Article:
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Compensating for low topic interest and long surveys: a field experiment on nonresponse in web surveys

[Zeitschriftenartikel]

Marcus, Bernd; Bosnjak, Michael; Lindner, Steffen; Pilischenko, Stanislav; Schütz, Astrid

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Abstract Certain survey characteristics proven to affect response rates, such as a survey’s length and topic, are often under limited control of the researcher. Therefore, survey researchers sometimes seek to compensate for such undesired effects on response rates by employing countermeasures such as material or nonmaterial incentives. The scarce evidence on those factors’ effects in web survey contexts is far from being conclusive. This study is aimed at filling this gap by examining the effects of four factors along with selected interactions presumed to affect response rates in web surveys. Requests to complete a web-based, selfadministered survey were sent to 2,152 owners of personal websites. The 2 X 2 X 2 X 2 fully crossed factorial design encompassed the experimental conditions of (a) high versus low topic salience, (b) short versus long survey, (c) lottery incentive versus no incentive, and (d) no feedback and general feedback (study results) versus personal feedback (individual profile of results). As expected, highly salient and shorter surveys yielded considerably higher unit-response rates. Moreover, partial support was found for interaction hypotheses derived from the leverage-salience theory of survey participation. Offering personalized feedback compensated for the negative effects of low topic salience on response rates. Also, the lottery incentive tended to evoke more responses only if the survey was short (versus long), but this interaction effect was only marginally significant. The results stress the usefulness of a multifactorial approach encompassing interaction effects to understand participation differences in web surveys. (auhtor'S abstract)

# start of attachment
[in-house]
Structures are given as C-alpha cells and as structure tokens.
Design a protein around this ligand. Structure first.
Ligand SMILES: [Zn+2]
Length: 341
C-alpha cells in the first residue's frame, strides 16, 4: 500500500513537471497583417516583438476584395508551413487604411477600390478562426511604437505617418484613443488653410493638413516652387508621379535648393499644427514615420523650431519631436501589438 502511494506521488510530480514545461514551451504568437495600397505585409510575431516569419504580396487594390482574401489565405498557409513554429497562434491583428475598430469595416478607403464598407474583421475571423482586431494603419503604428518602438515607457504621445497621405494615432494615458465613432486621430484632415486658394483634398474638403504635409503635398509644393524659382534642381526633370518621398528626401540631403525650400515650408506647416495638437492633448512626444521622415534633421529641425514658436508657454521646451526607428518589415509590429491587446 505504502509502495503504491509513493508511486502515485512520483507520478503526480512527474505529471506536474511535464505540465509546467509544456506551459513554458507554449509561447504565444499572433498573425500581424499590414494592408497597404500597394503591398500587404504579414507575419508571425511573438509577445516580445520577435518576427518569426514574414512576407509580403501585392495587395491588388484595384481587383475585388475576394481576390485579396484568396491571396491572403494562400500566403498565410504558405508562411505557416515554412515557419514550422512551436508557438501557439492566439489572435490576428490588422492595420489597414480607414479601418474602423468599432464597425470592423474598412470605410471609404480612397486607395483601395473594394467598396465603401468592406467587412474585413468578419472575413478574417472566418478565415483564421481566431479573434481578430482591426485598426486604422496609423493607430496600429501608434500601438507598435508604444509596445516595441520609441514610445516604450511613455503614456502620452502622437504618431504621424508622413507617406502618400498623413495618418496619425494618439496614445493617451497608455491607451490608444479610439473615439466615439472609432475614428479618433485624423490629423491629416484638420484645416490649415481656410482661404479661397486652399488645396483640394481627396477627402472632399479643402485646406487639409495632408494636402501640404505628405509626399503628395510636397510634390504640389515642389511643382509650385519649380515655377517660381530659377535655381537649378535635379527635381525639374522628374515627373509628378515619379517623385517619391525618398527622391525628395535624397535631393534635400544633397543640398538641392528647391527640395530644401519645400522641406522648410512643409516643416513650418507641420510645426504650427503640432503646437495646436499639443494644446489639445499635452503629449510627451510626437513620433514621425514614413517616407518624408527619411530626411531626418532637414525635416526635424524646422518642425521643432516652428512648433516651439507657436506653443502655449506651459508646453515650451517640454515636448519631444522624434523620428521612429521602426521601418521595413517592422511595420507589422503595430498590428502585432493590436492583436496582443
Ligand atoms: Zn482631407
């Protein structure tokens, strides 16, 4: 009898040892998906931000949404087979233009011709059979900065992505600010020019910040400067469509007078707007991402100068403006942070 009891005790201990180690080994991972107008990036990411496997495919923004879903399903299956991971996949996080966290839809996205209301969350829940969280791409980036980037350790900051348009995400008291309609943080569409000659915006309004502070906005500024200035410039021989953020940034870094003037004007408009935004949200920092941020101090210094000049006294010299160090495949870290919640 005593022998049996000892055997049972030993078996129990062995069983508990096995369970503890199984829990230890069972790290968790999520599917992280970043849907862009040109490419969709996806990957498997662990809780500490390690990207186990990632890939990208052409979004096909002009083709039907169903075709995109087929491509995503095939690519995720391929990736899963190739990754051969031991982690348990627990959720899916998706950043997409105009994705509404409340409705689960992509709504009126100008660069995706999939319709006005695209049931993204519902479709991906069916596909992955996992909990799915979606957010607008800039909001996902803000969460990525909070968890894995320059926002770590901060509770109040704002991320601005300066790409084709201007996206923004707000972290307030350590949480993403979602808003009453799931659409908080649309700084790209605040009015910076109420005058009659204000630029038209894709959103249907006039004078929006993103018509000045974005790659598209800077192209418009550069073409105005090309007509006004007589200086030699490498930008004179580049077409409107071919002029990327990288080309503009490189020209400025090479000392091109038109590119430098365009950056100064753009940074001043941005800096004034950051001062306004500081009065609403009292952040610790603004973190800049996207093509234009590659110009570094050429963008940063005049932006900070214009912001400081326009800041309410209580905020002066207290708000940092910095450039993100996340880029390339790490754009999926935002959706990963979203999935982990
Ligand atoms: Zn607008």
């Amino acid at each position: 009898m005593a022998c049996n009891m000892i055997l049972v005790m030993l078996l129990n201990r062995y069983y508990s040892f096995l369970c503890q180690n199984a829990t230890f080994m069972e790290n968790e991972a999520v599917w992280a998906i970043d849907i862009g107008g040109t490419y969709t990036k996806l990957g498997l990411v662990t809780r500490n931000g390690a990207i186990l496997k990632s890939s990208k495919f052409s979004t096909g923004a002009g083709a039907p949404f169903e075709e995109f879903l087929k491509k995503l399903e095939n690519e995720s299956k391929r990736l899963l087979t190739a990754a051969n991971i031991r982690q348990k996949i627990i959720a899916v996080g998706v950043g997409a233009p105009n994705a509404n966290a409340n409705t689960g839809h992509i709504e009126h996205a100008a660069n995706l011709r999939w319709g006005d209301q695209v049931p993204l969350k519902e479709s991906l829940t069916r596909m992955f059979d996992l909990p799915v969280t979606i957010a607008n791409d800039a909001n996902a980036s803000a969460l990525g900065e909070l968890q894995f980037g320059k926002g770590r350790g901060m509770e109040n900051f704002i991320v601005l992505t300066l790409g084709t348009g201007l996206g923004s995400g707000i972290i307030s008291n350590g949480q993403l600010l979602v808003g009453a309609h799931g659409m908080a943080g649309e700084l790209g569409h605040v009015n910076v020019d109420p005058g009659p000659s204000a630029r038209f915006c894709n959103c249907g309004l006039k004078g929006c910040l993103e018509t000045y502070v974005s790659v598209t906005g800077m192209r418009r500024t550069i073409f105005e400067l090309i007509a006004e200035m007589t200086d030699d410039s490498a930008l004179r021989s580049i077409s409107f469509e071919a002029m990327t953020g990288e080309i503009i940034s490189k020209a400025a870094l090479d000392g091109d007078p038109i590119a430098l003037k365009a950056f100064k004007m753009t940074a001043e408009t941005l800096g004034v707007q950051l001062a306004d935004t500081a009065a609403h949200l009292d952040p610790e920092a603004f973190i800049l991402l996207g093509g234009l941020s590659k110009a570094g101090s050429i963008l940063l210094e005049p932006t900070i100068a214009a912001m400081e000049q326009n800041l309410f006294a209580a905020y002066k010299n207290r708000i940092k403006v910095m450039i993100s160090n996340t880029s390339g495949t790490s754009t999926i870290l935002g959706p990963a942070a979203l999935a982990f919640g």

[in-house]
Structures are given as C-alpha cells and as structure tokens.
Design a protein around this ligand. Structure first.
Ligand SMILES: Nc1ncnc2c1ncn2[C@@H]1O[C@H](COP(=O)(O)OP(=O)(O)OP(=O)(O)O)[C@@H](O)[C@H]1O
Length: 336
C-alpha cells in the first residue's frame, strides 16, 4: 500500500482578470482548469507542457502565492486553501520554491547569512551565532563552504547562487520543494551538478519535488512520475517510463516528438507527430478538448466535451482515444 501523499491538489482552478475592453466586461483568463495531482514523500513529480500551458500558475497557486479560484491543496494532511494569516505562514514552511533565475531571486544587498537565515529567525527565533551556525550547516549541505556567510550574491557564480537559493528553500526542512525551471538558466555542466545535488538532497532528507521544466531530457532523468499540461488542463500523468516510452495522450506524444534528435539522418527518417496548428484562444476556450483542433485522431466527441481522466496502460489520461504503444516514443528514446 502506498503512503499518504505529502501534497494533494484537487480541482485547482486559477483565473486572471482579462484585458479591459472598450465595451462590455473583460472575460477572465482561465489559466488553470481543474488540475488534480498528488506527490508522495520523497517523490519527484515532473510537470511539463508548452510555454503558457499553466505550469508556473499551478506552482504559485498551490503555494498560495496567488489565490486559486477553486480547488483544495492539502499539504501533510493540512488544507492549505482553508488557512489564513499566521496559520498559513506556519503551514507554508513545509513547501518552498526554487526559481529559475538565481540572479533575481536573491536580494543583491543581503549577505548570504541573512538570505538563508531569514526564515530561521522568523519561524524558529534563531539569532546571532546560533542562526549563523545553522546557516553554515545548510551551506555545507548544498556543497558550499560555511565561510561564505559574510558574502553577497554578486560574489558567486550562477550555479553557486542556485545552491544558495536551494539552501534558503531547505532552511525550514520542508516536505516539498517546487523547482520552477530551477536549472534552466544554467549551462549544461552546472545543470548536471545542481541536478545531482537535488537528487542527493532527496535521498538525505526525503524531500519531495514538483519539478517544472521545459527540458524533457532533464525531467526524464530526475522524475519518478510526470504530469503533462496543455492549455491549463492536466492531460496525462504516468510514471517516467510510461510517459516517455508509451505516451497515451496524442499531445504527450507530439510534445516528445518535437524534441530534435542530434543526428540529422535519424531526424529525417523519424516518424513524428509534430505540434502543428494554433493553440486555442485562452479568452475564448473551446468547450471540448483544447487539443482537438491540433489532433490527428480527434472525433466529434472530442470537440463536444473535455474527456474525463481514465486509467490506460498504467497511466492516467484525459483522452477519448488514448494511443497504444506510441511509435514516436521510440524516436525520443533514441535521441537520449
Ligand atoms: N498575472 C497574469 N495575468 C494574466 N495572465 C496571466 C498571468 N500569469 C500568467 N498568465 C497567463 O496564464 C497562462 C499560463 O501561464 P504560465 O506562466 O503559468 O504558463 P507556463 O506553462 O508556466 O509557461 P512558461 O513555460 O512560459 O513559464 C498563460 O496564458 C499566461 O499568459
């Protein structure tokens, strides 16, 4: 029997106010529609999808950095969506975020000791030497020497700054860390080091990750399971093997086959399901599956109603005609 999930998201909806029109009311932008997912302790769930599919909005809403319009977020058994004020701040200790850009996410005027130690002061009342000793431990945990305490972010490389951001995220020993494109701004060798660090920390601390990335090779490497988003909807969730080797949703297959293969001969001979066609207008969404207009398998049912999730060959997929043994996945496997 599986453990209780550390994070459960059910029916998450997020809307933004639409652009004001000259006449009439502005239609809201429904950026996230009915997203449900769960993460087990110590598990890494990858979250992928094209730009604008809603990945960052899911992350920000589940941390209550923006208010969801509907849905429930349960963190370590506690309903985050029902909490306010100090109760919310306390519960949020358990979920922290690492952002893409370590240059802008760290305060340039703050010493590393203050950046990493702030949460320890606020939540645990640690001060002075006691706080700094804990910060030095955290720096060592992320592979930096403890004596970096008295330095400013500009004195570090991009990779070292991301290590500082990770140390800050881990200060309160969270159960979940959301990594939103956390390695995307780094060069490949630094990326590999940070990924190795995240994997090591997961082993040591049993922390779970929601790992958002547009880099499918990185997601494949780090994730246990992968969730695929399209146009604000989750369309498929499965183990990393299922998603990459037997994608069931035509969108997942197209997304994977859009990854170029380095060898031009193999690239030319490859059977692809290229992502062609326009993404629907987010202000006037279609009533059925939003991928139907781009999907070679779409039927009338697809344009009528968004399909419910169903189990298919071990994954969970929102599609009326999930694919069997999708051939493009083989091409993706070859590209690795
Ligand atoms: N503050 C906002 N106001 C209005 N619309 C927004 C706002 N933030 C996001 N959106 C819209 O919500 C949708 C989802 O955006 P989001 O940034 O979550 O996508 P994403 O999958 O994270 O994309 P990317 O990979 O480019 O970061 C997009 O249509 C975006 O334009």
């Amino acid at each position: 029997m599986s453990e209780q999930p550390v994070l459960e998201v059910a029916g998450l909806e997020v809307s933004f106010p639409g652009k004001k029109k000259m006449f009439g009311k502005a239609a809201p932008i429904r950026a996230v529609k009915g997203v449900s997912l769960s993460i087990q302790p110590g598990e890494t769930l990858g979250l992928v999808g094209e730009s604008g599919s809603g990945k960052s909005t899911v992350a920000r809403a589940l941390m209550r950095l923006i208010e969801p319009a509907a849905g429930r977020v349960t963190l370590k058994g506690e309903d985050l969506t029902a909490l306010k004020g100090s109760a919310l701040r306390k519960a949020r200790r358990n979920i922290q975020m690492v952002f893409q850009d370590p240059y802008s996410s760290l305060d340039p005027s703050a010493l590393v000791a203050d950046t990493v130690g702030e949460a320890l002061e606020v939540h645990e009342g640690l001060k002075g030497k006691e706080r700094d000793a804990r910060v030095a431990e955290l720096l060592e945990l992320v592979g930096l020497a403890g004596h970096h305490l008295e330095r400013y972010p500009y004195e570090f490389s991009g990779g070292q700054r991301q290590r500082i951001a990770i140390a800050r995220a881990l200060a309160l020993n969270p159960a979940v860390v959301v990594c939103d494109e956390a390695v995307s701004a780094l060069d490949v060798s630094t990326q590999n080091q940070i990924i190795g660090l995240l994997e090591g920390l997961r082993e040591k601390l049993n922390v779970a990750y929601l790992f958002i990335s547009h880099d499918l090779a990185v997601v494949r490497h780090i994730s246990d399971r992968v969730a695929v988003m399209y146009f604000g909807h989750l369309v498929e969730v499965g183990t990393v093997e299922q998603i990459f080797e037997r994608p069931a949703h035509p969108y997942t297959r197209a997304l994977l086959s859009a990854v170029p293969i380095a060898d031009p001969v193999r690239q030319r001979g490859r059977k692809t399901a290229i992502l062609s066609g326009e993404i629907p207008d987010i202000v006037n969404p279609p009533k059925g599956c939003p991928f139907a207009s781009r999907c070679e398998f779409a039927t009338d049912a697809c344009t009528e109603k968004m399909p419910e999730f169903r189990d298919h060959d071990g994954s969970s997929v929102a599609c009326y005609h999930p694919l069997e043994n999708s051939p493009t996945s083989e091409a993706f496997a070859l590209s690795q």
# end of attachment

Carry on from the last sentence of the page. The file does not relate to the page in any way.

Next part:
Thesaurusschlagwörter survey research; online survey; response behavior; questionnaire; research approach; comparison of methods; measurement instrument; incentive system
Klassifikation Erhebungstechniken und Analysetechniken der Sozialwissenschaften
Sprache Dokument Englisch
Publikationsjahr 2007
Seitenangabe S. 372-383
Zeitschriftentitel Social Science Computer Review, 25 (2007) 3
DOI http://dx.doi.org/10.1177/0894439307297606
ISSN 0894-4393
Status Veröffentlichungsversion; begutachtet (peer reviewed)
Lizenz Deposit Licence - Keine Weiterverbreitung, keine Bearbeitung
Dieser Beitrag ist mit Zustimmung des Rechteinhabers aufgrund einer (DFG geförderten) Allianz- bzw. Nationallizenz frei zugänglich.
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